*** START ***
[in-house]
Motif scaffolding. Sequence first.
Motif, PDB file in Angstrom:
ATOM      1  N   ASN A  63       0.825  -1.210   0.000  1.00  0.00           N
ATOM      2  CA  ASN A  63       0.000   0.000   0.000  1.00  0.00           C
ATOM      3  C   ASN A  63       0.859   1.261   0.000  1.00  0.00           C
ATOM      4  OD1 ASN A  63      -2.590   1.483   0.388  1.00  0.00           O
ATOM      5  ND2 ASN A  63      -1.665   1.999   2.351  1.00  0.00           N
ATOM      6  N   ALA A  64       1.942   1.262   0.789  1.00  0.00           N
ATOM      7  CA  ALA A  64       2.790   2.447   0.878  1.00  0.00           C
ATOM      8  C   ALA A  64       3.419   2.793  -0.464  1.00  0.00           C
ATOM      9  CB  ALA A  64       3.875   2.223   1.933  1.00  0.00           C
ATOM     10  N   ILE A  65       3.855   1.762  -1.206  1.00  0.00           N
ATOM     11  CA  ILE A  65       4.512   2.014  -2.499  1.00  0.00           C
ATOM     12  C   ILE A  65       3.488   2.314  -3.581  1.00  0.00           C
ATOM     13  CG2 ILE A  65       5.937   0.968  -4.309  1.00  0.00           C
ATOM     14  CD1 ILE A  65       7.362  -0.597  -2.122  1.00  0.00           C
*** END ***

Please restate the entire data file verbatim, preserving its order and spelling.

[in-house]
Motif scaffolding. Sequence first.
Motif, PDB file in Angstrom:
ATOM      1  N   ASN A  63       0.825  -1.210   0.000  1.00  0.00           N
ATOM      2  CA  ASN A  63       0.000   0.000   0.000  1.00  0.00           C
ATOM      3  C   ASN A  63       0.859   1.261   0.000  1.00  0.00           C
ATOM      4  OD1 ASN A  63      -2.590   1.483   0.388  1.00  0.00           O
ATOM      5  ND2 ASN A  63      -1.665   1.999   2.351  1.00  0.00           N
ATOM      6  N   ALA A  64       1.942   1.262   0.789  1.00  0.00           N
ATOM      7  CA  ALA A  64       2.790   2.447   0.878  1.00  0.00           C
ATOM      8  C   ALA A  64       3.419   2.793  -0.464  1.00  0.00           C
ATOM      9  CB  ALA A  64       3.875   2.223   1.933  1.00  0.00           C
ATOM     10  N   ILE A  65       3.855   1.762  -1.206  1.00  0.00           N
ATOM     11  CA  ILE A  65       4.512   2.014  -2.499  1.00  0.00           C
ATOM     12  C   ILE A  65       3.488   2.314  -3.581  1.00  0.00           C
ATOM     13  CG2 ILE A  65       5.937   0.968  -4.309  1.00  0.00           C
ATOM     14  CD1 ILE A  65       7.362  -0.597  -2.122  1.00  0.00           C